Arrest of suspicious characters. --It was made known to the Vigilance Committee of this city, on Saturday, that a Union flag was flying from the mast of a small vessel near the mouth of Tanner's creek, and Mr. John S. Rosson was sent down to arrest the parties who had raised it. At 2 o'clock, Mr. Rosson and several others returned to the city, having in charge E. W. Waterhouse and Warren Hansel. They were taken to the office of the Mayor, who committed them to jail to await further evidence, which may be adduced this morning. Arthur P. Jones is the name of the vessel. A large red flag, the "Union" part of a United States flag, and a large pennant, were found on board the vessel. These, it is supposed, they had been using as signals. Waterhouse hails from Connecticut, and Hansel is from New Jersey.--Norfolk Argus.
Target practice. --After the Tredegar battalion were dismissed from parade on the 4th instant, company D, commanded by Captain William E, Tanner, preceded by a band of music, marched down Main street, and thence to Voegler's Garden, where they partook of a dinner prepared for the occasion. After dinner, they engaged in a target practice, when, upon examination, it was found that private Joseph Melvin had made the best shot. He was then presented with a silver modal suitably inscribed. Late in the afternoon the company returned to the city much pleased with the exercises of the day. The men of the battalion make admirable material for soldiers.
ense utility. Yesterday all the commissioned officers who were captured at Lexington, with the exception of Col. Mulligan, reached this point under escort of Capt. Champion, of the Confederate service. They left there the day after I did, and bring no later intelligence from that point than that contained in my last letter. Some of them state that Gen. Price unearthed from the fortifications several hundred bombs, which had been buried there by his predecessors in treason, of whose existence the national troops were ignorant. Major Tanner died to-day of his wounds, and as I write, a military cortege, with reverse arms, and step in accord with the movements of a solemn dirge, is passing my window to do honor to his remains. A forward movement on the part of Fremont, in the direction of Lexington, is talked of for to- morrow. The whereabouts of McCulloch are still as mysterious as ever. I honestly believe him dead from the effects of a wound received at Springfield.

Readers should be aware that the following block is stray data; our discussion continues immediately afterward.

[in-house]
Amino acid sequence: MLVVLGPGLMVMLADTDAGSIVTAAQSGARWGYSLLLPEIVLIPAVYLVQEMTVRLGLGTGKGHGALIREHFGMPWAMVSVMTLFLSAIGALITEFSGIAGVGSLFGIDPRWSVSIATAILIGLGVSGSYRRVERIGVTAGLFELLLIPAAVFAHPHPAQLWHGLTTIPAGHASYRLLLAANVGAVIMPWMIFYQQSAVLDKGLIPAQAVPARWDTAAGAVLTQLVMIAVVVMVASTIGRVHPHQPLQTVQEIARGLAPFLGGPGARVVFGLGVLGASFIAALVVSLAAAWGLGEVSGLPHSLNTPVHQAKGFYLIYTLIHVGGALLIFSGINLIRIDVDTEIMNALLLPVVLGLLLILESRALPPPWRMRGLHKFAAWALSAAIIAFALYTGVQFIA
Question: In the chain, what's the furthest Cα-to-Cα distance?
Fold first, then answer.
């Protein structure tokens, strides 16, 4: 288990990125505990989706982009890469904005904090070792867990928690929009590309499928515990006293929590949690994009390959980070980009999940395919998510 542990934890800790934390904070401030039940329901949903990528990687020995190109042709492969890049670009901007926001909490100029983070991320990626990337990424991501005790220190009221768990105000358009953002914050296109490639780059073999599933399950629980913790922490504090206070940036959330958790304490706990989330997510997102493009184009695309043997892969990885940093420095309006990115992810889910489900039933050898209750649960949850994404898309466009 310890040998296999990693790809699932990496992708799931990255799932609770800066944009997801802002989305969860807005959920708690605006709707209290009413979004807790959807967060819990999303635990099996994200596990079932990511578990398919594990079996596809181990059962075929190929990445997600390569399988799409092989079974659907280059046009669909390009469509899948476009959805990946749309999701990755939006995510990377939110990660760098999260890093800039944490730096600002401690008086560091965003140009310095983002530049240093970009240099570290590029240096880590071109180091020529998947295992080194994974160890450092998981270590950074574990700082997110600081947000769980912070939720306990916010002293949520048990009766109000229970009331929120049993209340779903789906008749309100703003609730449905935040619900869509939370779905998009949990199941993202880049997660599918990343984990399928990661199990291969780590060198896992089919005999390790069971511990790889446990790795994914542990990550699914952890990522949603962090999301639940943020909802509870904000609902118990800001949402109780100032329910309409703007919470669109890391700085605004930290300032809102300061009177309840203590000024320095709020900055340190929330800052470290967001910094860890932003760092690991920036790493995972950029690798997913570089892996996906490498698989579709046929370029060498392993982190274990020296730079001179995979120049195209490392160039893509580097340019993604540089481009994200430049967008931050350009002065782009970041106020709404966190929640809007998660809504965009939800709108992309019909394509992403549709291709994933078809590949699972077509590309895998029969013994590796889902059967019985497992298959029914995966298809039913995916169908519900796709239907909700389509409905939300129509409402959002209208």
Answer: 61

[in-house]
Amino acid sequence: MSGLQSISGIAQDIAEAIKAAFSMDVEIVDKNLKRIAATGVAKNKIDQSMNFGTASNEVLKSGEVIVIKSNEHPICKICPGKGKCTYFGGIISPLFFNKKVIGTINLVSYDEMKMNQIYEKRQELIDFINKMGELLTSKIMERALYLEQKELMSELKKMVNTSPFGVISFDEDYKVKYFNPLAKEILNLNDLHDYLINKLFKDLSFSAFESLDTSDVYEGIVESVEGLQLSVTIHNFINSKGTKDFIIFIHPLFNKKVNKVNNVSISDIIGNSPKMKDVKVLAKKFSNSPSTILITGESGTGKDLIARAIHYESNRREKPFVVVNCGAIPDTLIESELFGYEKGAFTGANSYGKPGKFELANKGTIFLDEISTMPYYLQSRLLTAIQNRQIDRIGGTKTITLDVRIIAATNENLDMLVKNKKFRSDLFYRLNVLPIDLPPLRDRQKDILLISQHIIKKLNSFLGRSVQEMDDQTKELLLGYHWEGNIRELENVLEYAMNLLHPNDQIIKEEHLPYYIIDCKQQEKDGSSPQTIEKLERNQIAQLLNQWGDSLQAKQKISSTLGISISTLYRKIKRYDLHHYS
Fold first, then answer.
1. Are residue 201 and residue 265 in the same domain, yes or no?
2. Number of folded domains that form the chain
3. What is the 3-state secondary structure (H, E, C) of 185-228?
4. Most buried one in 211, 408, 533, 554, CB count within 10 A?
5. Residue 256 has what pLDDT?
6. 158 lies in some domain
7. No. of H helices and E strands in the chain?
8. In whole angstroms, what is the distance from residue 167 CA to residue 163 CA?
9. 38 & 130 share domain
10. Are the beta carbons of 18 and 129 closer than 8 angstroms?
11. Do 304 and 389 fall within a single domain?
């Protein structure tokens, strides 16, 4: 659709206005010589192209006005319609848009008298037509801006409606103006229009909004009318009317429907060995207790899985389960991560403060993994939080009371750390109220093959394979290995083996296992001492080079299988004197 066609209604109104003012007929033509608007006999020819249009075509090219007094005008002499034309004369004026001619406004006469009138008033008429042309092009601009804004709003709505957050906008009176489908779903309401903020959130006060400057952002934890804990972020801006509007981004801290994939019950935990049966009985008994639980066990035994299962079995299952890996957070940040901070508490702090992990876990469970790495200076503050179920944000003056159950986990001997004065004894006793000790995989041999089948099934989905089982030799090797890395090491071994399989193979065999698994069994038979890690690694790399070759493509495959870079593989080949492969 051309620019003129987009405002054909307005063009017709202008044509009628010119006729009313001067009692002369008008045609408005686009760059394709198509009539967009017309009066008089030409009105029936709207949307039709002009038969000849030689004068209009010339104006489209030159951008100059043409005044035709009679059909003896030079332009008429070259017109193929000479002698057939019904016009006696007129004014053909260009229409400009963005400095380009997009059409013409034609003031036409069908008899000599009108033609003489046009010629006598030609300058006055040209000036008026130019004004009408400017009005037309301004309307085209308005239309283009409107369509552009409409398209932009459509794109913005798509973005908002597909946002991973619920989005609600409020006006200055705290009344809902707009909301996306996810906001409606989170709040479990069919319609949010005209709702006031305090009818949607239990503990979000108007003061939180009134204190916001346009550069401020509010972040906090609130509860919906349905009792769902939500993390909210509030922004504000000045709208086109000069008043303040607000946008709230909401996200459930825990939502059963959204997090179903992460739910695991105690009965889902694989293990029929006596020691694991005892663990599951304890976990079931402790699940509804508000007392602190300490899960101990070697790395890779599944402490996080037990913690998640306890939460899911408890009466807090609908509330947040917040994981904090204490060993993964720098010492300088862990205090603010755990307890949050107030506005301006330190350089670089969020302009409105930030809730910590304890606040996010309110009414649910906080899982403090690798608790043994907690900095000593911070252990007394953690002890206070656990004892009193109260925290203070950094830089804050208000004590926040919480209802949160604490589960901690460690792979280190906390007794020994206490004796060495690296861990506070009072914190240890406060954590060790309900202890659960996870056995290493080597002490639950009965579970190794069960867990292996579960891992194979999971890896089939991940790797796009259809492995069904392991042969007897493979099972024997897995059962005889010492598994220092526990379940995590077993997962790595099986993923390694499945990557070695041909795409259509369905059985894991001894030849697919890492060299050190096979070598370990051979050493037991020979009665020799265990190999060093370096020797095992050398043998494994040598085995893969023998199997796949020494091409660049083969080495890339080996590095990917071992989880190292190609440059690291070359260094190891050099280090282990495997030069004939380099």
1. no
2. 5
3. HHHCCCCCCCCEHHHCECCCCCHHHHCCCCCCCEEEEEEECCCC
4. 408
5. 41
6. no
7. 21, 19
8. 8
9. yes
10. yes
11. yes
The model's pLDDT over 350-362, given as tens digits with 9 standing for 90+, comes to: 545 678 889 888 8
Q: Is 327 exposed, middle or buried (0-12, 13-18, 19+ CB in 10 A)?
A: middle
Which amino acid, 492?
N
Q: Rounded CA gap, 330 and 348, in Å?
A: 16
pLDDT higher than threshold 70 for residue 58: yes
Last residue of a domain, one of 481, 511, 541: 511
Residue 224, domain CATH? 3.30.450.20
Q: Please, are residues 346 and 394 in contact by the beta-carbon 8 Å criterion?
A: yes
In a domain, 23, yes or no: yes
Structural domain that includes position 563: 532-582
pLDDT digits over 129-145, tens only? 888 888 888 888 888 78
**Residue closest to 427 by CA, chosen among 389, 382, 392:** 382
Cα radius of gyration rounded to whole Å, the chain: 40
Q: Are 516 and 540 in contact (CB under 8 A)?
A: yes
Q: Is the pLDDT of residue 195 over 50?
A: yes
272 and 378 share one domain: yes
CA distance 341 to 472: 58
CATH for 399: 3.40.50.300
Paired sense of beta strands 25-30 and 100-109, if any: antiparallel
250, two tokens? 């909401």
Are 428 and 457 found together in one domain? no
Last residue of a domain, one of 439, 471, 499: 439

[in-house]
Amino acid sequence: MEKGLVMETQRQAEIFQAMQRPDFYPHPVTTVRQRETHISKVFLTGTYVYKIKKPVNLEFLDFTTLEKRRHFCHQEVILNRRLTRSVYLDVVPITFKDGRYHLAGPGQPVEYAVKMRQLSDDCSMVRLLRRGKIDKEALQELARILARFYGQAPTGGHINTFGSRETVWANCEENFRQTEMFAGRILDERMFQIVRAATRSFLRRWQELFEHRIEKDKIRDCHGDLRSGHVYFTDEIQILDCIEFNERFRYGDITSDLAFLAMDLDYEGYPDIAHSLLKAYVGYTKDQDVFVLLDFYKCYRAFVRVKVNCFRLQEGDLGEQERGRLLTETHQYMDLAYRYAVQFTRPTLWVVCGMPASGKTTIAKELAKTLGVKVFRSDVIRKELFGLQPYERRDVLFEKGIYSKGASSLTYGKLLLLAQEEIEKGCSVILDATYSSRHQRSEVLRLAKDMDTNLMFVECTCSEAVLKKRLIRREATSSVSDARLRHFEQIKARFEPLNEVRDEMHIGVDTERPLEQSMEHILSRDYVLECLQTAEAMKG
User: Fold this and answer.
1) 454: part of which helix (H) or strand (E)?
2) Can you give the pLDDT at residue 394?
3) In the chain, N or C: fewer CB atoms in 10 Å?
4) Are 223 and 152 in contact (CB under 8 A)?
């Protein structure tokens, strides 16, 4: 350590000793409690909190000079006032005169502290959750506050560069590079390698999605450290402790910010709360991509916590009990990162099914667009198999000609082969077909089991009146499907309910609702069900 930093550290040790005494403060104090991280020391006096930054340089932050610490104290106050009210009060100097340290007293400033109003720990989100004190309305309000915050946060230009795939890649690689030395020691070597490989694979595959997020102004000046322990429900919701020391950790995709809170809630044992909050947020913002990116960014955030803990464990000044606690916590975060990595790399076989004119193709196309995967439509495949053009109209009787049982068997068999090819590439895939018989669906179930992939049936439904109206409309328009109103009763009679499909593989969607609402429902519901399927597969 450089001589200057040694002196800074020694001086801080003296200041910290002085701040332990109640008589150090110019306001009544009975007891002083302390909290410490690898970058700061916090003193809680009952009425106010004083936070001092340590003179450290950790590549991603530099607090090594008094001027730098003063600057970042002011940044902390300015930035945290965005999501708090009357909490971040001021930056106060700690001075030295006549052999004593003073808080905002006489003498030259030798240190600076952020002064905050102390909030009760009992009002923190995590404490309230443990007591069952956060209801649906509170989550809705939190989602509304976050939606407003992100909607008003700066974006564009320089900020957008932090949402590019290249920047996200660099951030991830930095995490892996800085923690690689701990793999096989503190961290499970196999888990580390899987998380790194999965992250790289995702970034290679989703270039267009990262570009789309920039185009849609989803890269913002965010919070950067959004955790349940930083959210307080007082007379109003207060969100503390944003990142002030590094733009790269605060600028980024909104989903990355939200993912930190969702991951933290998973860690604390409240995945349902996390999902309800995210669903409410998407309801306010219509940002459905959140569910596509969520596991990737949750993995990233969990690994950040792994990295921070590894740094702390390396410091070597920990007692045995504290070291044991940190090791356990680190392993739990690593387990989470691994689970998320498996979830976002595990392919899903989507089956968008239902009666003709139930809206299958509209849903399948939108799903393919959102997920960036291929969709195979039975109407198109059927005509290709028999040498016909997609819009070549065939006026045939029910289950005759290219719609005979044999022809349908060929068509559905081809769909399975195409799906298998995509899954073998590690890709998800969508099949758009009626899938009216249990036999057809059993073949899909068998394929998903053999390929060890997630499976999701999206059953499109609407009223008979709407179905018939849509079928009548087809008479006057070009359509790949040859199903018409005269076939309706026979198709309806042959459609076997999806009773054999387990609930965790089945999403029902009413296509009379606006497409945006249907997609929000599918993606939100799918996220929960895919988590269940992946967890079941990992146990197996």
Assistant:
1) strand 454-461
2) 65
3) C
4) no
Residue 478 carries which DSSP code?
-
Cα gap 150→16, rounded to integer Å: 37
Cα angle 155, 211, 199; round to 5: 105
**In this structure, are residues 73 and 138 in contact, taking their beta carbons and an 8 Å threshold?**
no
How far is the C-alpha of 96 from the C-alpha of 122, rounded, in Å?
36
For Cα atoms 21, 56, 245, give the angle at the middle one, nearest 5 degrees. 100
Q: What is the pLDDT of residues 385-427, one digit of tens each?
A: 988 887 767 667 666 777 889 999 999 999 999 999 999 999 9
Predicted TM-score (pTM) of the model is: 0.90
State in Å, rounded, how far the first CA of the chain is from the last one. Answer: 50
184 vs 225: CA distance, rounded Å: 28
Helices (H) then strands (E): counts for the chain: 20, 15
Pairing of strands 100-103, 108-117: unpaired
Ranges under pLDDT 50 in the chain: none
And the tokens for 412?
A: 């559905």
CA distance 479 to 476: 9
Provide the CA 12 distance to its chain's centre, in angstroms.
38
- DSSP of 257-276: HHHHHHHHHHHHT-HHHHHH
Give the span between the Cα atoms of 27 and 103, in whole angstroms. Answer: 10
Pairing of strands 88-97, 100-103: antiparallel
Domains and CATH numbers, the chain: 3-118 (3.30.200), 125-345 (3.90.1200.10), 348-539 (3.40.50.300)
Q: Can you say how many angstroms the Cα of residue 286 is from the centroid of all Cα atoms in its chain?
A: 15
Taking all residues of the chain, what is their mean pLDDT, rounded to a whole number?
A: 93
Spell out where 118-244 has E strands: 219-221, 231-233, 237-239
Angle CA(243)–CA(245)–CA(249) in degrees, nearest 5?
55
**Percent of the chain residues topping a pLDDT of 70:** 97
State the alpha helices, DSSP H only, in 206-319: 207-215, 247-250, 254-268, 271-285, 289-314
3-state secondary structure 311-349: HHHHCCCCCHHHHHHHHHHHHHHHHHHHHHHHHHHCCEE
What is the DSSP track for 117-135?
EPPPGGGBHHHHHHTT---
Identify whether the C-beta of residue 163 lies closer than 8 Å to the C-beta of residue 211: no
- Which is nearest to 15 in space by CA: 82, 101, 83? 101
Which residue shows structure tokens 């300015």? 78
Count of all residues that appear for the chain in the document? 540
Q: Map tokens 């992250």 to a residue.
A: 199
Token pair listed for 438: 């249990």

ed as a witness. Don't know who it was that I spoke to about it. Mr. Caskie.--Are you perfectly sure you heard anything of the sort? Witness.--I have told the truth about it — that's all I can do. This closed the testimony for the Commonwealth, and the defence desired to offer none. The Mayor intimated that it was unnecessary to argue the case, and went on to say that he had already bound John Hagan over in the sum of $200 to keep the peace, and that a witness by the name of Tanner had sworn that he heard Hagan, after being so bound over, make threats against Edward Pollard.The veracity of that witness had not been impeached. It was afterwards mentioned to him that Mr. Bargamin had said that Mr. Hicks heard. Hagan make similar threats; but it turns out from Hicks's testimony that he heard none. There is a witness, however, who swears most positively that, on Thursday or Friday of last week, he did hear John Hagan make violent threats against Edward Pollard. That of
From Norfolk. runaway negroes--"Bohemian" gone to North Carolina--the news, &c. [special correspondence of the Dispatch.] Norfolk, Feb. 3, 1862. I learn that more slaves effected their escape last week from Norfolk county. They belong to farmers residing on or near Tanner's creek. They doubtless get off at night in boats sufficiently large to cross the Roads and land them at or near Fortress Monroe. The loss of valuable negro men falls heavily upon the gentlemanly and kind-hearted farmers and gardeners in the section of the county above mentioned, and prompt and judicious measures should at once be taken to prevent slaves from getting off by water to the forts and vessels of the common enemy. The deluded negroes, thus leaving their best friends and comfortable homes, where they are fed, clothed, and allowed all reasonable privileges, vainly suppose that they will fare better, and the more favorably situated, under the protection of the Yankees, than at ho